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Autonomous navigation for Mars probes using only satellite-to-satellite tracking measurements by singularity-avoiding orbit elements

Published online by Cambridge University Press:  11 February 2022

Pengbin Ma*
State Key Laboratory of Astronautic Dynamics, Xi'an Satellite Control Center, Xi'an, China.
Jie Yang
State Key Laboratory of Astronautic Dynamics, Xi'an Satellite Control Center, Xi'an, China.
Hengnian Li
State Key Laboratory of Astronautic Dynamics, Xi'an Satellite Control Center, Xi'an, China.
Zhibin Zhang
State Key Laboratory of Astronautic Dynamics, Xi'an Satellite Control Center, Xi'an, China. Department of Automation, University of Science and Technology of China, Hefei, China.
Hexi Baoyin
School of Aerospace Engineering, Tsinghua University, Beijing, China
*Corresponding author. E-mail:


This paper proposes a novel autonomous navigation method for Mars-orbiting probes. Satellite-to-satellite tracking (SST) between two probes is generally deemed to involve autonomous measurements with no dependence on any external observation sites on the Earth. For the conventional two-body dynamic model, it is well known that the orbit states cannot be estimated by merely using such SST measurements. Considering the effects of third-body gravitation perturbation and the weak Mars tesseral harmonics perturbation, autonomous navigation with SST measurements alone becomes weakly observable and may be achieved by some nonlinear filtering techniques. Two significant improvements are made to mitigate the nonlinearity brought by the dynamic models. First, singularity-avoiding orbit elements are selected to represent the dynamic models in order to reduce the intensity of the nonlinearity which cannot be overcome by the traditional position–velocity state expression. Second, the unscented Kalman filter method is effectively utilised to avoid the linearised errors calculated by its extended Kalman filter counterpart which may exceed the tesseral harmonics perturbation. A constellation, consisting of one low-orbit probe and one high-orbit probe, is designed to realise the autonomous orbit determination of both participating Mars probes. A reliable navigation solution is successfully obtained by Monte Carlo simulation runs. It shows that the errors of the semimajor axes of the two Mars probes are less than 10 m and the position errors are less than 1 km.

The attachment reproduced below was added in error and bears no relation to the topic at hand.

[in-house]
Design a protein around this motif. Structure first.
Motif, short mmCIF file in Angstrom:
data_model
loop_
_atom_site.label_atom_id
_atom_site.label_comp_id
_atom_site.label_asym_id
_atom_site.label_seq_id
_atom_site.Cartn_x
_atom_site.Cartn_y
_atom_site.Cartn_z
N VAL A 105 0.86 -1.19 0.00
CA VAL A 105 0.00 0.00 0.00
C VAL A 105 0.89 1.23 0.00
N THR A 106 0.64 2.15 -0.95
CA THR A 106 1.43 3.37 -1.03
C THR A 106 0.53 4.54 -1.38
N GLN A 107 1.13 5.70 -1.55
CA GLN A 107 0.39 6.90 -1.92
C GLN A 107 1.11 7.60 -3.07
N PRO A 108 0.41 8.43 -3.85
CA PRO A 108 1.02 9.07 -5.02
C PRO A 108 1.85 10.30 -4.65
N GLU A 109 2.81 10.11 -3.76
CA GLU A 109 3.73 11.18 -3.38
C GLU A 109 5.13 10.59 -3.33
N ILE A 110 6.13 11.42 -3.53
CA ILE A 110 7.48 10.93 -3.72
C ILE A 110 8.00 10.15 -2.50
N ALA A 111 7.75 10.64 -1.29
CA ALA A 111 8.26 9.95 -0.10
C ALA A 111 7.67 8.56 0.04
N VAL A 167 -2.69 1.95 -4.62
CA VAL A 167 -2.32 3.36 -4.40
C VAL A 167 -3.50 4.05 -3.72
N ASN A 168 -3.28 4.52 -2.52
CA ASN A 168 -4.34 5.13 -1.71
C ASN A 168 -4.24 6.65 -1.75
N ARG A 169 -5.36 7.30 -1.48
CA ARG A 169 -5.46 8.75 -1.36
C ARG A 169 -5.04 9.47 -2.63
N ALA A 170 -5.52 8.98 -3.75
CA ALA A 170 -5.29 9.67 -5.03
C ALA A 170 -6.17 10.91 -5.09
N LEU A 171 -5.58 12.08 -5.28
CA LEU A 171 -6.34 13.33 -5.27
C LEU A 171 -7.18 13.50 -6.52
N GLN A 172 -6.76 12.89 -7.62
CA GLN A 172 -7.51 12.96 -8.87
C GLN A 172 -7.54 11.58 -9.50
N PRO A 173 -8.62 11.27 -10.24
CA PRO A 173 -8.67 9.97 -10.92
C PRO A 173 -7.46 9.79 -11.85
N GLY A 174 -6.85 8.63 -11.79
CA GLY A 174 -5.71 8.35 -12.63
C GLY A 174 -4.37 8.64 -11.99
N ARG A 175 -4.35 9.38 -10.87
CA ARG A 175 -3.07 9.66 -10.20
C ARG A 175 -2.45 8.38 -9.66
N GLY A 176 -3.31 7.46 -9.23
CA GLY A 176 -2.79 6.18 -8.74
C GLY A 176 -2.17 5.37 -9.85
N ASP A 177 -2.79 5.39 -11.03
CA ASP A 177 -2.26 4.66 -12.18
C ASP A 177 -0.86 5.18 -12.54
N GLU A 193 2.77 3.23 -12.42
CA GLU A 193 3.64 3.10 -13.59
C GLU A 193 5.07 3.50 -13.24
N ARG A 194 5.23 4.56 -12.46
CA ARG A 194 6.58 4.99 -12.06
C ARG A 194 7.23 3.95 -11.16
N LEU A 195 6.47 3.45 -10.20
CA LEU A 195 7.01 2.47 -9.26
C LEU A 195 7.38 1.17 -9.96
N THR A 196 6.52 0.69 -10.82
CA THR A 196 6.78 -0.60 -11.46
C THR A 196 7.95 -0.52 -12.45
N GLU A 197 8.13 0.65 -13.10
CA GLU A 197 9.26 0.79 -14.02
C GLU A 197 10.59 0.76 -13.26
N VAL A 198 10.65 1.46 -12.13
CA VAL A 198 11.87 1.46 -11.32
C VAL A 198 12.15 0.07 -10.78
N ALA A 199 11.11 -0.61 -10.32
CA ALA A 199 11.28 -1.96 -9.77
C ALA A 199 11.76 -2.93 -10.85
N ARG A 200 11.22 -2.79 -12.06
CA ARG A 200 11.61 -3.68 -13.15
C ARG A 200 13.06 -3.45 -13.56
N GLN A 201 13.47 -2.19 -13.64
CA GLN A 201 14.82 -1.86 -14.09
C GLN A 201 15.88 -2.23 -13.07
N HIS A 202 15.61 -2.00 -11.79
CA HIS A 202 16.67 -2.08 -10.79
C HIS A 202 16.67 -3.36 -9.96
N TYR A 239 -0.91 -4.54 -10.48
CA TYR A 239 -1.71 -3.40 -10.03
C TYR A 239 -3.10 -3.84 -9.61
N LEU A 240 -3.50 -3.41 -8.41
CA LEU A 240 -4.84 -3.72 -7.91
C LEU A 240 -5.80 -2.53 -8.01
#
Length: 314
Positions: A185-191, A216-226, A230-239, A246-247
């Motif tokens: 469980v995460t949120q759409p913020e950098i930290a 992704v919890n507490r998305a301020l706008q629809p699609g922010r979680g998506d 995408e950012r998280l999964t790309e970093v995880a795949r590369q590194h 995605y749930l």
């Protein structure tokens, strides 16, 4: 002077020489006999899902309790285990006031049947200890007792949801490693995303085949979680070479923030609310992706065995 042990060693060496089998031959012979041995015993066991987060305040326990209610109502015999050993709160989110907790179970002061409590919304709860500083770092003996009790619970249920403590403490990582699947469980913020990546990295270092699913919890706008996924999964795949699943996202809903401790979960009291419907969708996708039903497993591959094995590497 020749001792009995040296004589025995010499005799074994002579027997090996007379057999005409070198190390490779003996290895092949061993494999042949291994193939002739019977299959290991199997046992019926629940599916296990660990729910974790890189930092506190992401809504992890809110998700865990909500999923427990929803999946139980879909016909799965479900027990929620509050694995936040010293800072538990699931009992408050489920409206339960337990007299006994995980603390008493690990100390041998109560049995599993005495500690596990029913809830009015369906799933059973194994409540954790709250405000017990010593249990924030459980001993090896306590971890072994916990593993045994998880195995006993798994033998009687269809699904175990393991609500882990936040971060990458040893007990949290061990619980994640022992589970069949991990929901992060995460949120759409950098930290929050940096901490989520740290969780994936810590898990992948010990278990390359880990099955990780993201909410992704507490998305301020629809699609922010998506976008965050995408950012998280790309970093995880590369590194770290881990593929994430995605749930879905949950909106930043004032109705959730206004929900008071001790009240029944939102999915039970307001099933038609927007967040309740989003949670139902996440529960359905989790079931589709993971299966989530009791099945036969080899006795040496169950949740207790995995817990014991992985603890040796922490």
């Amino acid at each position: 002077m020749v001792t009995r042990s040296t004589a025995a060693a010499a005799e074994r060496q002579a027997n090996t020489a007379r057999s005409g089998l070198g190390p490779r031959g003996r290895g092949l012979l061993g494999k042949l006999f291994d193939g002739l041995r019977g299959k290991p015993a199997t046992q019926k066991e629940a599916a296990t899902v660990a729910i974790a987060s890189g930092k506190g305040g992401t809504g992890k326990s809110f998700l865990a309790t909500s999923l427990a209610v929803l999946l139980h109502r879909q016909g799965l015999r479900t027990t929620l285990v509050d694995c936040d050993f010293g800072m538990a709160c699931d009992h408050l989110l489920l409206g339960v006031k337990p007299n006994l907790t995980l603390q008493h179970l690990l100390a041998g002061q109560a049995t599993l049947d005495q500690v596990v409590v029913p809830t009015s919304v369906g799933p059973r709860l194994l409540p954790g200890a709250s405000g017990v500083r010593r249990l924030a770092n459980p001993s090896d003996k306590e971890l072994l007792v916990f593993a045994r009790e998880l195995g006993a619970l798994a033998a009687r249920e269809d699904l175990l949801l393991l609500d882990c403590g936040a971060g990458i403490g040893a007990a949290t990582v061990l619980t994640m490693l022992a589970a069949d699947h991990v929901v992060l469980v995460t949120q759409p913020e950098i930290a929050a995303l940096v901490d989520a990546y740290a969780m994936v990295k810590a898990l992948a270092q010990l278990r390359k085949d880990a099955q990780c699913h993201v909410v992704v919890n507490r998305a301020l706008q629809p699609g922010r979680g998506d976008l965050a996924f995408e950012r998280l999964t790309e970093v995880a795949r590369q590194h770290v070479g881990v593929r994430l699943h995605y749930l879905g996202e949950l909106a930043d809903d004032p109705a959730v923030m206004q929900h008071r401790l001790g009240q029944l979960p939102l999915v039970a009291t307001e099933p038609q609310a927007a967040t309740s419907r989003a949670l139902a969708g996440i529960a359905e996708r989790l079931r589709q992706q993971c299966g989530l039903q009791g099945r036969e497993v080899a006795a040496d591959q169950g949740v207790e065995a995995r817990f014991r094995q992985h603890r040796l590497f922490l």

Research Article
Copyright © The Author(s), 2022. Published by Cambridge University Press on behalf of The Royal Institute of Navigation

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